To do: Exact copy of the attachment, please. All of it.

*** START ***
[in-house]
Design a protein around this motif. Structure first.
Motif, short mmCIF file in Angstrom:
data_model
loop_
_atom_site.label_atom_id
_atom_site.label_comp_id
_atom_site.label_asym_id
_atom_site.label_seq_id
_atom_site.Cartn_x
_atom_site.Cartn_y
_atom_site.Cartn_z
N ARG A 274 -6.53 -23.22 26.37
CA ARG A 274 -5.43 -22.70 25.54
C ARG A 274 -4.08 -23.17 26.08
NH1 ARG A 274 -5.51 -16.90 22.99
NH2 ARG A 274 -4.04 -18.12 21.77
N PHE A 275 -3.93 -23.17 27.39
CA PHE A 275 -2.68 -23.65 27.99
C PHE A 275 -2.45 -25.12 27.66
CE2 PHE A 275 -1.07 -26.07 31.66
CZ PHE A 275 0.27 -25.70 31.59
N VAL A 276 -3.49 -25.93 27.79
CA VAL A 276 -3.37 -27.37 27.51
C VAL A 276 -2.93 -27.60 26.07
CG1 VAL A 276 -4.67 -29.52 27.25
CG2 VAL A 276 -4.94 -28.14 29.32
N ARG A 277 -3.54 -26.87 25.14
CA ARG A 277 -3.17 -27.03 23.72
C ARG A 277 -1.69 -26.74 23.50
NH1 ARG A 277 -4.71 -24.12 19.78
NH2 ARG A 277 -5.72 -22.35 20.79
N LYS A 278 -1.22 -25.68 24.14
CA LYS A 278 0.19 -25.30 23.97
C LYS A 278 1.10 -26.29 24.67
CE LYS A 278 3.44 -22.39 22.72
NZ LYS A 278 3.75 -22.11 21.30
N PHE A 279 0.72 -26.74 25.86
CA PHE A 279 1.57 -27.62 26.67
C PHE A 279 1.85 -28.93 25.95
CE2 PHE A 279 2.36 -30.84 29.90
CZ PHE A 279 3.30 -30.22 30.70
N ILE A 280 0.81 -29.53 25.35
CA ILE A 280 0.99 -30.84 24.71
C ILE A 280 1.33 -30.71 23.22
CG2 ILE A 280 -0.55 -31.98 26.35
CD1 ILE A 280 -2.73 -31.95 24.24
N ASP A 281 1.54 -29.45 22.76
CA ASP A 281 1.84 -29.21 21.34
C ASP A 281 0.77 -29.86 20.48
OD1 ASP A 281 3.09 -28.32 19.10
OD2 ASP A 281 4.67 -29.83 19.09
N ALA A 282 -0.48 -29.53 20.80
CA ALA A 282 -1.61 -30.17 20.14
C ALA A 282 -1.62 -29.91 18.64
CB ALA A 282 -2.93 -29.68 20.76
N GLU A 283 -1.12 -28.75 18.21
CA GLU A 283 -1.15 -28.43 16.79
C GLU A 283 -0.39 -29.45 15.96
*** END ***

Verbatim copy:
[in-house]
Design a protein around this motif. Structure first.
Motif, short mmCIF file in Angstrom:
data_model
loop_
_atom_site.label_atom_id
_atom_site.label_comp_id
_atom_site.label_asym_id
_atom_site.label_seq_id
_atom_site.Cartn_x
_atom_site.Cartn_y
_atom_site.Cartn_z
N ARG A 274 -6.53 -23.22 26.37
CA ARG A 274 -5.43 -22.70 25.54
C ARG A 274 -4.08 -23.17 26.08
NH1 ARG A 274 -5.51 -16.90 22.99
NH2 ARG A 274 -4.04 -18.12 21.77
N PHE A 275 -3.93 -23.17 27.39
CA PHE A 275 -2.68 -23.65 27.99
C PHE A 275 -2.45 -25.12 27.66
CE2 PHE A 275 -1.07 -26.07 31.66
CZ PHE A 275 0.27 -25.70 31.59
N VAL A 276 -3.49 -25.93 27.79
CA VAL A 276 -3.37 -27.37 27.51
C VAL A 276 -2.93 -27.60 26.07
CG1 VAL A 276 -4.67 -29.52 27.25
CG2 VAL A 276 -4.94 -28.14 29.32
N ARG A 277 -3.54 -26.87 25.14
CA ARG A 277 -3.17 -27.03 23.72
C ARG A 277 -1.69 -26.74 23.50
NH1 ARG A 277 -4.71 -24.12 19.78
NH2 ARG A 277 -5.72 -22.35 20.79
N LYS A 278 -1.22 -25.68 24.14
CA LYS A 278 0.19 -25.30 23.97
C LYS A 278 1.10 -26.29 24.67
CE LYS A 278 3.44 -22.39 22.72
NZ LYS A 278 3.75 -22.11 21.30
N PHE A 279 0.72 -26.74 25.86
CA PHE A 279 1.57 -27.62 26.67
C PHE A 279 1.85 -28.93 25.95
CE2 PHE A 279 2.36 -30.84 29.90
CZ PHE A 279 3.30 -30.22 30.70
N ILE A 280 0.81 -29.53 25.35
CA ILE A 280 0.99 -30.84 24.71
C ILE A 280 1.33 -30.71 23.22
CG2 ILE A 280 -0.55 -31.98 26.35
CD1 ILE A 280 -2.73 -31.95 24.24
N ASP A 281 1.54 -29.45 22.76
CA ASP A 281 1.84 -29.21 21.34
C ASP A 281 0.77 -29.86 20.48
OD1 ASP A 281 3.09 -28.32 19.10
OD2 ASP A 281 4.67 -29.83 19.09
N ALA A 282 -0.48 -29.53 20.80
CA ALA A 282 -1.61 -30.17 20.14
C ALA A 282 -1.62 -29.91 18.64
CB ALA A 282 -2.93 -29.68 20.76
N GLU A 283 -1.12 -28.75 18.21
CA GLU A 283 -1.15 -28.43 16.79
C GLU A 283 -0.39 -29.45 15.96